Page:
CDC map and tracker shows cases top last year


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It’s not even the end of March yet, but measles cases in the United States have already surpassed the total number of measles cases in the country during all of 2023, according to new data released by the Centers for Disease Control and Prevention (CDC). Here’s what you need to know.

What is measles?

Measles is a virus that affects the respiratory system. It is highly contagious and can kill those infected with it, especially children. 

The CDC says that even in otherwise healthy children, measles will cause serious complications in one out of about every 1,000 cases. Those complications include permanent brain damage. Additionally, those who contract measles can suffer neurological conditions including the deterioration of behavioral and intellectual capabilities a full 7 to 10 years after they’ve had the virus.

Up to three of every 1,000 children who contract measles will die of the virus.

Where is measles spreading in 2024?

In the United States, there have already been 64 cases of measles reported this year. That may not sound like a lot, but it’s worrying because in all of 2023, there were only 58 reported cases of the disease. 

The CDC says the following states have reported cases of measles this year as of March 21, 2024: Arizona, California, Florida, Georgia, Illinois, Indiana, Louisiana, Maryland, Michigan, Minnesota, Missouri, New Jersey, New York City, Ohio, Pennsylvania, Virginia, and Washington.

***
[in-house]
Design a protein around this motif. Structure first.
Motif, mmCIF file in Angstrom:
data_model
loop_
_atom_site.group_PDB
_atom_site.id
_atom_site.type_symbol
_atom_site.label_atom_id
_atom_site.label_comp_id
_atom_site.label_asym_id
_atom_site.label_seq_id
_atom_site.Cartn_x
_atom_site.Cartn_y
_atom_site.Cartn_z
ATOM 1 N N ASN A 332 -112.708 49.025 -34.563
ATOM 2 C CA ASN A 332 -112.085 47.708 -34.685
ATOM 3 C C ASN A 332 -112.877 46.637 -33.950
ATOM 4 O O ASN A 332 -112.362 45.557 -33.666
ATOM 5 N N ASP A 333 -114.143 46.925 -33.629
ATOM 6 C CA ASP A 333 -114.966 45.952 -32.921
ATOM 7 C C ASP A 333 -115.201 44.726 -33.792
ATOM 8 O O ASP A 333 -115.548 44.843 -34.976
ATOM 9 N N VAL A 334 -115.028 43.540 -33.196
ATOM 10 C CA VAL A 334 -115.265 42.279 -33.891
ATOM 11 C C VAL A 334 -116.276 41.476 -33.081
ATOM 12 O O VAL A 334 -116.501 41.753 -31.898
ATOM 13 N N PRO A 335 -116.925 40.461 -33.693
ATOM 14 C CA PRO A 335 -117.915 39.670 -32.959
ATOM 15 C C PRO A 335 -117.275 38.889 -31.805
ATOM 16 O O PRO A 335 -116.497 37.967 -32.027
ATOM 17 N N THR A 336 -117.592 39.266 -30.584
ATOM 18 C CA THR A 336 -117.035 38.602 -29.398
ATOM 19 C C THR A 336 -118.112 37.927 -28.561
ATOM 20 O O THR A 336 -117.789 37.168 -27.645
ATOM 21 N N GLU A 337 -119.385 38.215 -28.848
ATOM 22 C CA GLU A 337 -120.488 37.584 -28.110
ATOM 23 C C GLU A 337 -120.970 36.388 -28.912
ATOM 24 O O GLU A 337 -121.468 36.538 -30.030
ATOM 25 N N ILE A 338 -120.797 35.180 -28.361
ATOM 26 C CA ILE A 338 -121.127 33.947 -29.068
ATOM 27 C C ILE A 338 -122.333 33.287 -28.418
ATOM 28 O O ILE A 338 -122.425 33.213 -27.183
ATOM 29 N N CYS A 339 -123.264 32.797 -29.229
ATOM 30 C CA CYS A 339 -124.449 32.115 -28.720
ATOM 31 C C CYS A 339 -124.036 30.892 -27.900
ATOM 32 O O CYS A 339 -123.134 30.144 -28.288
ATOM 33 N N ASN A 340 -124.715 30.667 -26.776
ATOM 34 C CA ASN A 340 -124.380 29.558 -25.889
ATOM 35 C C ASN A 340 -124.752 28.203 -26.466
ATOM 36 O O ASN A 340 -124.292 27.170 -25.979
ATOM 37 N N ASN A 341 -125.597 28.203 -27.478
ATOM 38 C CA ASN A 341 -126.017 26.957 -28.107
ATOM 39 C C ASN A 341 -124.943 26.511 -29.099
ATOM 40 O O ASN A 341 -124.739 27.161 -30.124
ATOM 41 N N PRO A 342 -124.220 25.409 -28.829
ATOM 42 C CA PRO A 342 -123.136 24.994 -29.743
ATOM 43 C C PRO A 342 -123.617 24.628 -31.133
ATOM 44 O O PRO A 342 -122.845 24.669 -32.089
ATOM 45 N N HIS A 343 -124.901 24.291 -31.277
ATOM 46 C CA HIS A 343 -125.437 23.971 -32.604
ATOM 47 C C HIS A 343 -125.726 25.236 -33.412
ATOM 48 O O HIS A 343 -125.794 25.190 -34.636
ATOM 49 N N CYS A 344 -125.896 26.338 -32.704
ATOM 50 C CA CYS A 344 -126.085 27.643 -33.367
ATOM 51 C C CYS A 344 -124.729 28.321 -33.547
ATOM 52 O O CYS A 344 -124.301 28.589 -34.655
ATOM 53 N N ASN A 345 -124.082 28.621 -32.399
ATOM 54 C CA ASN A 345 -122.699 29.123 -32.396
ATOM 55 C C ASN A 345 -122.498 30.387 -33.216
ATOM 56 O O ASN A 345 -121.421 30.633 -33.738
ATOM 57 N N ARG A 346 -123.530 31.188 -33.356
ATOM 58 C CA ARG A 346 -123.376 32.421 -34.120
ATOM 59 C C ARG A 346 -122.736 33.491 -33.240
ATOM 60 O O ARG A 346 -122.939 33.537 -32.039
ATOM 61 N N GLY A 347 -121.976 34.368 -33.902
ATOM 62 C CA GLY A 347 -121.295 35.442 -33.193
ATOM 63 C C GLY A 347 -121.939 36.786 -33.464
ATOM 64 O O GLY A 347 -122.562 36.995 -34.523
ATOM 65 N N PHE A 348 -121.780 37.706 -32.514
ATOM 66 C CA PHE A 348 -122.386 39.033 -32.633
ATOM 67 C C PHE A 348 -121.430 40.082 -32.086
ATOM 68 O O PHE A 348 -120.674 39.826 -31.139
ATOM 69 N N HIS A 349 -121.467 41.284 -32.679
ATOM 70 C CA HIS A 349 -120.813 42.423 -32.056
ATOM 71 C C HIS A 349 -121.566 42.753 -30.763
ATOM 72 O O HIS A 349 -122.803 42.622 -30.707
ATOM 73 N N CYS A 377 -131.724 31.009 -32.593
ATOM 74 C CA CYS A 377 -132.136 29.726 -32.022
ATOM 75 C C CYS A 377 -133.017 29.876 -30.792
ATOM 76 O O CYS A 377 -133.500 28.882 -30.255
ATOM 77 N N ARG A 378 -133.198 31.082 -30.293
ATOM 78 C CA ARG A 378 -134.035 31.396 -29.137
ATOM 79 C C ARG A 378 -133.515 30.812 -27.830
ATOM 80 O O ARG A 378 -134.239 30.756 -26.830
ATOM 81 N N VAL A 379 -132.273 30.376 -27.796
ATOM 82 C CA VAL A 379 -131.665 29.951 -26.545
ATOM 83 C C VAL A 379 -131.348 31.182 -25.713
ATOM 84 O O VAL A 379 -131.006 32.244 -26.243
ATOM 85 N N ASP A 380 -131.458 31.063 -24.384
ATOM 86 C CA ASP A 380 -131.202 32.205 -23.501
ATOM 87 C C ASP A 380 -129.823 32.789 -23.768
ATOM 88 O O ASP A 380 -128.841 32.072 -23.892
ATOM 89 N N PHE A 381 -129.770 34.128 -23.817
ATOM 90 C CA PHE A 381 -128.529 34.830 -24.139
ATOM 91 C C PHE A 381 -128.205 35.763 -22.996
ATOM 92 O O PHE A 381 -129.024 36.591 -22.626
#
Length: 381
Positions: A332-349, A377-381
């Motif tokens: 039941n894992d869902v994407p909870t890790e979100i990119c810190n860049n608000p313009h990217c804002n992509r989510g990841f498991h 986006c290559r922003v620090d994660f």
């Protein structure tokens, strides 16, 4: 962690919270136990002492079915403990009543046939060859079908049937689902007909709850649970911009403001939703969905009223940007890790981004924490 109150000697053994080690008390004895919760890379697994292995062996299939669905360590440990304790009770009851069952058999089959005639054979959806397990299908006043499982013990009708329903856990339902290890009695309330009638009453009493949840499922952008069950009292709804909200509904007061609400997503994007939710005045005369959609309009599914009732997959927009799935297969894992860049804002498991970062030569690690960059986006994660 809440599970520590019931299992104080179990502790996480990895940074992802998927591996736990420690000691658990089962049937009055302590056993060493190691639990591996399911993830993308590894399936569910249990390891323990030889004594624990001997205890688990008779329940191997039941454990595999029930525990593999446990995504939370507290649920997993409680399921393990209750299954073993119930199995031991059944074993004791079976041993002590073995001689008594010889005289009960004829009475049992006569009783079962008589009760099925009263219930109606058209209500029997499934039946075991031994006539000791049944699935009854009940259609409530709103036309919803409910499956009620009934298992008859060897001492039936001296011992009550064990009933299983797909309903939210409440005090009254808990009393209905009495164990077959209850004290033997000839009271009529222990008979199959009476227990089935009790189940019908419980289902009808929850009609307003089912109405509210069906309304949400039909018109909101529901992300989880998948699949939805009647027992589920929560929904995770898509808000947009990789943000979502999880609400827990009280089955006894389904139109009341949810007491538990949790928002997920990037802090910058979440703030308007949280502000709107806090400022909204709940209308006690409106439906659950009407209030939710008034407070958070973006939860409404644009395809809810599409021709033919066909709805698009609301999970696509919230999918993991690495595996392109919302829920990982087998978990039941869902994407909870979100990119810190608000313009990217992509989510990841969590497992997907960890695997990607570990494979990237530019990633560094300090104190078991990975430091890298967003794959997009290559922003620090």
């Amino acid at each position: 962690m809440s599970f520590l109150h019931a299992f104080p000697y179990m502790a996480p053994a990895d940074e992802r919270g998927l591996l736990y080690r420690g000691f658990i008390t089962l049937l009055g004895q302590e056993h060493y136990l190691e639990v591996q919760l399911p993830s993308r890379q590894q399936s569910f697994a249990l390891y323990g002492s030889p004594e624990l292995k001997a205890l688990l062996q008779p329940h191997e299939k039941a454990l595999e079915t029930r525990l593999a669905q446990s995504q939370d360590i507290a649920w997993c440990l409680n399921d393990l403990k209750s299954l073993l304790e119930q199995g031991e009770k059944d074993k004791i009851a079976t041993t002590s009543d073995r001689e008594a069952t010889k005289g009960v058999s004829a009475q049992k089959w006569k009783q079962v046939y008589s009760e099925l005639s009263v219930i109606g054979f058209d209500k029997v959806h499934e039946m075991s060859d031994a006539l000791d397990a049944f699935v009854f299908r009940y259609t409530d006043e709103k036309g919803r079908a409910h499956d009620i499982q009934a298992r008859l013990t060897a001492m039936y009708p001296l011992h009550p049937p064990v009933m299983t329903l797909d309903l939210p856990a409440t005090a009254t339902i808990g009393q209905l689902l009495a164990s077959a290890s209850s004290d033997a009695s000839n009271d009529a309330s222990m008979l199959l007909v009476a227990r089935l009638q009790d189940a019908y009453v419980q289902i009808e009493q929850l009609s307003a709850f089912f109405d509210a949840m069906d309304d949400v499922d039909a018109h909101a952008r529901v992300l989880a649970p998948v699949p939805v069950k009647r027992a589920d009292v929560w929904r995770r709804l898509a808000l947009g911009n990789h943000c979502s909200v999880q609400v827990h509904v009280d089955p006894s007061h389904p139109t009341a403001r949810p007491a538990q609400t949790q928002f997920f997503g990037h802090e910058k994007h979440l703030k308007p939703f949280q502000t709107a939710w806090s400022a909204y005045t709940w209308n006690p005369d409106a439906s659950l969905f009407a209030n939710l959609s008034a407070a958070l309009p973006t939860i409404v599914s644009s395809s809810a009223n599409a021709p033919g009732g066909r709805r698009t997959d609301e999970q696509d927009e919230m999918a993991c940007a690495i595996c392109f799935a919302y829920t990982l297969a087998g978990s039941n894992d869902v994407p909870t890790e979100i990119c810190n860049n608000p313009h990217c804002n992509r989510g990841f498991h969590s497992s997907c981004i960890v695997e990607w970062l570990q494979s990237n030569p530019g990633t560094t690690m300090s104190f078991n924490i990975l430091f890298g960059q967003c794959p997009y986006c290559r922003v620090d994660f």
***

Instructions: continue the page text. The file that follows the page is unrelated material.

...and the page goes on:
Is there a vaccine for measles?

Yes, and there has been since 1963 when the first measles vaccine was licensed for public use. The CDC estimates that since the year 2000, the measles vaccine has prevented 57 million deaths worldwide. 

Measles was declared eliminated in the United States in 2000. However, since then cases have been steadily on the rise again.

Why is measles making a comeback?

It’s likely a combination of things. Blame the pandemic, vaccine hesitancy and fatigue, along with vaccine misinformation that spread across social media. As misinformation about COVID-19 vaccines spread due to both misunderstandings about vaccine technologies and ideological efforts to sway political opinions, vaccine hesitancy has started to rise in some pockets of populations. This was combined with lower routine children’s vaccination rates during the pandemic shutdowns, as ABC points out.

Unfortunately, that hesitancy isn’t just a problem for those who opt of getting themselves or their children vaccinated—it’s a problem for everyone since measles is an infectious disease. As PBS notes, 93% of kindergarteners in the United States have received their measles vaccination. However, that number is below the 95% threshold needed to prevent transmission in the public. 

Some states are doing better than others, however. In the 2022-23 school year, Mississippi had a measles vaccination rate of 98.4%. New York’s was 97.9% and Connecticut’s was 97.3%. However, there are states that are on the other end of the spectrum, too. Idaho had just an 81.3% vaccination rate during the same period. Alaska’s was 83.6% and Hawaii’s was 86.4%.

What happens now?

Given that 2024 measles cases in the U.S. have already surpassed the total number of 2023 cases—and we’re only in March—it’s likely that cases will continue to rise throughout the year. 

Those who are unvaccinated or who have children who are unvaccinated should talk to their doctor about getting the vaccine, which comes as part of an MMR jab, which protects against measles, mumps, and rubella. The CDC says two doses of the MMR vaccine is about 97% effective at preventing measles.


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